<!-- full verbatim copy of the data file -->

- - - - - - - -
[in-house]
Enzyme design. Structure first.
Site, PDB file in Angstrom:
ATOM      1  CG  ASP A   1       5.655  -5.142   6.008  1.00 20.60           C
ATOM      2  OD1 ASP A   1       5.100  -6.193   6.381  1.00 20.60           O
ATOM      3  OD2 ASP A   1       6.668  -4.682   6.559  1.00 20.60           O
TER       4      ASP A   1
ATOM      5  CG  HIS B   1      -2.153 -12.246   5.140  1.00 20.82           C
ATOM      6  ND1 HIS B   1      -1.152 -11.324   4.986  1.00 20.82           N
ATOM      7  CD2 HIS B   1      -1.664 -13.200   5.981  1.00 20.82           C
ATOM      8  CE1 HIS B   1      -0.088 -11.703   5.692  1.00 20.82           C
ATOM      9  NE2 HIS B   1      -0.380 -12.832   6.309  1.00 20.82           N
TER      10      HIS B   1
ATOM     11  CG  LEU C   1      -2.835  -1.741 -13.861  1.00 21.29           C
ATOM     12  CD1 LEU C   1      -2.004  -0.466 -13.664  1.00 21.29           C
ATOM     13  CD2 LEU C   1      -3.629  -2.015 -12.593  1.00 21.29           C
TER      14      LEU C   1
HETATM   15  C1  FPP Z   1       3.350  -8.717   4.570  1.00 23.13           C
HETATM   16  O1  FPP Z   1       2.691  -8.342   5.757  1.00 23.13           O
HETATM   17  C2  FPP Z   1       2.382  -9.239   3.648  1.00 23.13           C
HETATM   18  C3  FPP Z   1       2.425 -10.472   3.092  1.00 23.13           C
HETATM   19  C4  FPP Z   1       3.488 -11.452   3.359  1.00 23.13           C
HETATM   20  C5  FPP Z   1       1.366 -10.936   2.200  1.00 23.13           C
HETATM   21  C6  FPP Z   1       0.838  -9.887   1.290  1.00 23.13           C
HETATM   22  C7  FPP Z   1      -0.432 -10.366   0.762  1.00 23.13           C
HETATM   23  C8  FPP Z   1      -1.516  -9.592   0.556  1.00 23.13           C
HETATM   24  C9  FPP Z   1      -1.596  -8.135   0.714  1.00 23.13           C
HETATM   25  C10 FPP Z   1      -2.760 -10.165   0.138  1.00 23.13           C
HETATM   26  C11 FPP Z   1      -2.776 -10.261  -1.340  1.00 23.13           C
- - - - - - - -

[in-house]
Enzyme design. Structure first.
Site, PDB file in Angstrom:
ATOM      1  CG  ASP A   1       5.655  -5.142   6.008  1.00 20.60           C
ATOM      2  OD1 ASP A   1       5.100  -6.193   6.381  1.00 20.60           O
ATOM      3  OD2 ASP A   1       6.668  -4.682   6.559  1.00 20.60           O
TER       4      ASP A   1
ATOM      5  CG  HIS B   1      -2.153 -12.246   5.140  1.00 20.82           C
ATOM      6  ND1 HIS B   1      -1.152 -11.324   4.986  1.00 20.82           N
ATOM      7  CD2 HIS B   1      -1.664 -13.200   5.981  1.00 20.82           C
ATOM      8  CE1 HIS B   1      -0.088 -11.703   5.692  1.00 20.82           C
ATOM      9  NE2 HIS B   1      -0.380 -12.832   6.309  1.00 20.82           N
TER      10      HIS B   1
ATOM     11  CG  LEU C   1      -2.835  -1.741 -13.861  1.00 21.29           C
ATOM     12  CD1 LEU C   1      -2.004  -0.466 -13.664  1.00 21.29           C
ATOM     13  CD2 LEU C   1      -3.629  -2.015 -12.593  1.00 21.29           C
TER      14      LEU C   1
HETATM   15  C1  FPP Z   1       3.350  -8.717   4.570  1.00 23.13           C
HETATM   16  O1  FPP Z   1       2.691  -8.342   5.757  1.00 23.13           O
HETATM   17  C2  FPP Z   1       2.382  -9.239   3.648  1.00 23.13           C
HETATM   18  C3  FPP Z   1       2.425 -10.472   3.092  1.00 23.13           C
HETATM   19  C4  FPP Z   1       3.488 -11.452   3.359  1.00 23.13           C
HETATM   20  C5  FPP Z   1       1.366 -10.936   2.200  1.00 23.13           C
HETATM   21  C6  FPP Z   1       0.838  -9.887   1.290  1.00 23.13           C
HETATM   22  C7  FPP Z   1      -0.432 -10.366   0.762  1.00 23.13           C
HETATM   23  C8  FPP Z   1      -1.516  -9.592   0.556  1.00 23.13           C
HETATM   24  C9  FPP Z   1      -1.596  -8.135   0.714  1.00 23.13           C
HETATM   25  C10 FPP Z   1      -2.760 -10.165   0.138  1.00 23.13           C
HETATM   26  C11 FPP Z   1      -2.776 -10.261  -1.340  1.00 23.13           C